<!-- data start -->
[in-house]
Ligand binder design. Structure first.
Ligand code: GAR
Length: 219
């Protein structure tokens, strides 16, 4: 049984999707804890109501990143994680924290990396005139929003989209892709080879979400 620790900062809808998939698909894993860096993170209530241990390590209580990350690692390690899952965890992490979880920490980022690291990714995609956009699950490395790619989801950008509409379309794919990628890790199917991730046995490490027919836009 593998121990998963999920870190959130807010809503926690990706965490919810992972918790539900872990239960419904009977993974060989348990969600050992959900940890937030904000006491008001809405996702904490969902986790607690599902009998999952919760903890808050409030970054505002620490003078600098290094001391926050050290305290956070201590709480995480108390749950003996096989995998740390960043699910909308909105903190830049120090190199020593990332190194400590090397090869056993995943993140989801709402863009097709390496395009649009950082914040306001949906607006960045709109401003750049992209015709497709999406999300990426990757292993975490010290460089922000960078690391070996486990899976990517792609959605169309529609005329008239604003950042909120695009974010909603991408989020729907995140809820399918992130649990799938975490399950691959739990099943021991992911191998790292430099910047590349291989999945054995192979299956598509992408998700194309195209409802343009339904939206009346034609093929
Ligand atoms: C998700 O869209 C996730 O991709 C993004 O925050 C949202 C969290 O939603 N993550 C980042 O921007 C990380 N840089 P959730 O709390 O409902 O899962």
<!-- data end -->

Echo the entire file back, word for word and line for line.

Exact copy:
[in-house]
Ligand binder design. Structure first.
Ligand code: GAR
Length: 219
């Protein structure tokens, strides 16, 4: 049984999707804890109501990143994680924290990396005139929003989209892709080879979400 620790900062809808998939698909894993860096993170209530241990390590209580990350690692390690899952965890992490979880920490980022690291990714995609956009699950490395790619989801950008509409379309794919990628890790199917991730046995490490027919836009 593998121990998963999920870190959130807010809503926690990706965490919810992972918790539900872990239960419904009977993974060989348990969600050992959900940890937030904000006491008001809405996702904490969902986790607690599902009998999952919760903890808050409030970054505002620490003078600098290094001391926050050290305290956070201590709480995480108390749950003996096989995998740390960043699910909308909105903190830049120090190199020593990332190194400590090397090869056993995943993140989801709402863009097709390496395009649009950082914040306001949906607006960045709109401003750049992209015709497709999406999300990426990757292993975490010290460089922000960078690391070996486990899976990517792609959605169309529609005329008239604003950042909120695009974010909603991408989020729907995140809820399918992130649990799938975490399950691959739990099943021991992911191998790292430099910047590349291989999945054995192979299956598509992408998700194309195209409802343009339904939206009346034609093929
Ligand atoms: C998700 O869209 C996730 O991709 C993004 O925050 C949202 C969290 O939603 N993550 C980042 O921007 C990380 N840089 P959730 O709390 O409902 O899962």